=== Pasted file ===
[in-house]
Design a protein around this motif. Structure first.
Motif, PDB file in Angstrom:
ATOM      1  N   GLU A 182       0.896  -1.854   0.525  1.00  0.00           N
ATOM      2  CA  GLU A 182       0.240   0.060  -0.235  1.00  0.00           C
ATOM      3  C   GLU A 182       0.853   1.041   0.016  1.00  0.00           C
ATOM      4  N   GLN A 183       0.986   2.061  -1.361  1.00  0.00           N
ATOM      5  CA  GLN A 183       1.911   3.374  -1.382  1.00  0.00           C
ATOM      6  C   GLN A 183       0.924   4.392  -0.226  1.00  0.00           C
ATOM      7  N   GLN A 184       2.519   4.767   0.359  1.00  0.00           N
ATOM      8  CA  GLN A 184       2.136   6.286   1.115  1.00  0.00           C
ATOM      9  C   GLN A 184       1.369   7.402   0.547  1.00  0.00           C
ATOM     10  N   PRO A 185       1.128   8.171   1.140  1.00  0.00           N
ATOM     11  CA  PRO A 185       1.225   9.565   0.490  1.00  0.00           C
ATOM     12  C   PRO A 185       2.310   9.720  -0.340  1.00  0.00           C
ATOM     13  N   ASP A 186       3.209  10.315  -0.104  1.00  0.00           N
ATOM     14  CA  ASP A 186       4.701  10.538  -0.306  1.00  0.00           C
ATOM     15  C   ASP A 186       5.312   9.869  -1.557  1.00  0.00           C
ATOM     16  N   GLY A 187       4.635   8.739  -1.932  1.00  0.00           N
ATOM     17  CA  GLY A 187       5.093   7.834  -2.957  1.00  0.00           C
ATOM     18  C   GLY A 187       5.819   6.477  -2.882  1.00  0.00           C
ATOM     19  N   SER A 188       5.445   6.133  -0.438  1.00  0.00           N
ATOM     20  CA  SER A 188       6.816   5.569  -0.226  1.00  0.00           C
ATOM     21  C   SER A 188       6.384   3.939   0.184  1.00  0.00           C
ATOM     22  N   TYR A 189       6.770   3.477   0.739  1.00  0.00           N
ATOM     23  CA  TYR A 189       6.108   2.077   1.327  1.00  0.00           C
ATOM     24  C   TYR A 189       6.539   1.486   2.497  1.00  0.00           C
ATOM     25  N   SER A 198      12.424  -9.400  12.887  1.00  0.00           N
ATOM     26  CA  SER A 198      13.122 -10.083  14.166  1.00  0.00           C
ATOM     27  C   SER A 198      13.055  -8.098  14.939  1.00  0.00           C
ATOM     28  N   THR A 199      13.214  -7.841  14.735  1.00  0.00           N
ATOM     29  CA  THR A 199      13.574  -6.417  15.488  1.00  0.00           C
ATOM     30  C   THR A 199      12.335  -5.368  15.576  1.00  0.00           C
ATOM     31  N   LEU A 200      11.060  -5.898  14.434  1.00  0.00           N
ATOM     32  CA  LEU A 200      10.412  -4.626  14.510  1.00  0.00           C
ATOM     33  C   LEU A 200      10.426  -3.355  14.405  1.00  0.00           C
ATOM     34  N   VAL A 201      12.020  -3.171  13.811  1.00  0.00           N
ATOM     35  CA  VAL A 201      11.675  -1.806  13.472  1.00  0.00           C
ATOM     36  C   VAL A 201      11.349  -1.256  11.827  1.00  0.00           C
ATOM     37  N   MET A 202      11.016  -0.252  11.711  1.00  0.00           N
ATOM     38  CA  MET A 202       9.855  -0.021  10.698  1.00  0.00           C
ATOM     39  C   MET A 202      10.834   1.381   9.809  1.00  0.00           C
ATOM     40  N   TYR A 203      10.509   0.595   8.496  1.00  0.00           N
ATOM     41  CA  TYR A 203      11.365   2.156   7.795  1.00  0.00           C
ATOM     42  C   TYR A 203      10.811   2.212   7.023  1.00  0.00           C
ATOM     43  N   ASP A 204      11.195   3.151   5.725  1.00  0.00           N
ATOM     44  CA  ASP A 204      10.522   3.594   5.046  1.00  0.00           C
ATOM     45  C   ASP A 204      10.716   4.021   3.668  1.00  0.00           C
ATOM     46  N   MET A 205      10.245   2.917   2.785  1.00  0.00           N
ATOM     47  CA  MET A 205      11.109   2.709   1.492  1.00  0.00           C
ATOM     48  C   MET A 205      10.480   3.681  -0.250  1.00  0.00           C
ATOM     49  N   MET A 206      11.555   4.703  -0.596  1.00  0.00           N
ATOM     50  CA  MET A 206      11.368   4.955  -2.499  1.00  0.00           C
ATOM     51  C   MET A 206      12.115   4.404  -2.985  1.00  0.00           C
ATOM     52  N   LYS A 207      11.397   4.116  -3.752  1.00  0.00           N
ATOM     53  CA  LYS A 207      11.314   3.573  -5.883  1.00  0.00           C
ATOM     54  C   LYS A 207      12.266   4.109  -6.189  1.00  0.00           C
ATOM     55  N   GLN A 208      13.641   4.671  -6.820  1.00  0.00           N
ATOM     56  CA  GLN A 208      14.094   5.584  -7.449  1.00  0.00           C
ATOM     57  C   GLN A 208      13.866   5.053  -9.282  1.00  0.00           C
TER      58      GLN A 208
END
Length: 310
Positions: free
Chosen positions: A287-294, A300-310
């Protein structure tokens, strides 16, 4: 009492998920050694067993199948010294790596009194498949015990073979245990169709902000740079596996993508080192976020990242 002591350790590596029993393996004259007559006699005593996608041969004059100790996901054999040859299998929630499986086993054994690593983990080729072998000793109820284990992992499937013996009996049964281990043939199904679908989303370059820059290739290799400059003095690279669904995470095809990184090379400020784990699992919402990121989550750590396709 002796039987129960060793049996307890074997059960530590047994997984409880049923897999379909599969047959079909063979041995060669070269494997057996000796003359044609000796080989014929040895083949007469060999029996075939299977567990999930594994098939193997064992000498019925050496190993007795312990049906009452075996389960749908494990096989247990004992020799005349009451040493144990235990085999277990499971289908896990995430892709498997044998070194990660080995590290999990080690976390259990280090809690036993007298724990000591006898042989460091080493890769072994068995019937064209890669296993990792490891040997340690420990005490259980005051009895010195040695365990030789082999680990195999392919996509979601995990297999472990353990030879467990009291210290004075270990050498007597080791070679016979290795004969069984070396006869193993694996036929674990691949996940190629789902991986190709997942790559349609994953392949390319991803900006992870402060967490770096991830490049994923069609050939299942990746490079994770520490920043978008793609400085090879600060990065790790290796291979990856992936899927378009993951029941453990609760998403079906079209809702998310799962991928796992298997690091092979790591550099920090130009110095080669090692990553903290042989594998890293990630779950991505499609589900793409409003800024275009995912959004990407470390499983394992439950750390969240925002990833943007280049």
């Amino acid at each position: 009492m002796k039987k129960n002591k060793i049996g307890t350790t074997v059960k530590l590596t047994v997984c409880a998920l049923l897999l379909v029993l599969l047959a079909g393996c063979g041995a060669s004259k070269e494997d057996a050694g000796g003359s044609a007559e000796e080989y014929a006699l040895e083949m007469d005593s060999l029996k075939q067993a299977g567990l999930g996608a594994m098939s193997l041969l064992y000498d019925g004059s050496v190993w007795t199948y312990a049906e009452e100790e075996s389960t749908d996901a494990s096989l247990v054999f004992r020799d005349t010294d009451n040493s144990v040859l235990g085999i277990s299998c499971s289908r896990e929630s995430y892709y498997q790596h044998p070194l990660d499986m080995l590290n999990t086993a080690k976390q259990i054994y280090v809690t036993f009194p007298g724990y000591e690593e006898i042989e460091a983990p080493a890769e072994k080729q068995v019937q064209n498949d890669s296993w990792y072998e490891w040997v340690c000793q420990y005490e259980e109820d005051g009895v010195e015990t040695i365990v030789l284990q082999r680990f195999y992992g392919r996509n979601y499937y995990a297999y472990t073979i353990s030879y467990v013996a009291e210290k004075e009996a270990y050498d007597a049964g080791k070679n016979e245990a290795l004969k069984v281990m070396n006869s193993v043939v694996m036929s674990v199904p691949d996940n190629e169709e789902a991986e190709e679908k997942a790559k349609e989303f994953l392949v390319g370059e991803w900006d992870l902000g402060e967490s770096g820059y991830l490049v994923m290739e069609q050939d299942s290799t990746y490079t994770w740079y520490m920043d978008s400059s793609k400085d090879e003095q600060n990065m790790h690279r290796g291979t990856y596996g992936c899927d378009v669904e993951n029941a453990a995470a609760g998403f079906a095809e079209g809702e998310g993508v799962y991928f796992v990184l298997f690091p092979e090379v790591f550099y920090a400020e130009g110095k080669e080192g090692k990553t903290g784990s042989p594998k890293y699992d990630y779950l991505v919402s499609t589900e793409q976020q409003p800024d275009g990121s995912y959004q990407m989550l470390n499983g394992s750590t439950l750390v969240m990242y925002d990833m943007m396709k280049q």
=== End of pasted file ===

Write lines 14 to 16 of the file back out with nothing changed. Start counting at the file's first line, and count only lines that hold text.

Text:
ATOM     11  CA  PRO A 185       1.225   9.565   0.490  1.00  0.00           C
ATOM     12  C   PRO A 185       2.310   9.720  -0.340  1.00  0.00           C
ATOM     13  N   ASP A 186       3.209  10.315  -0.104  1.00  0.00           N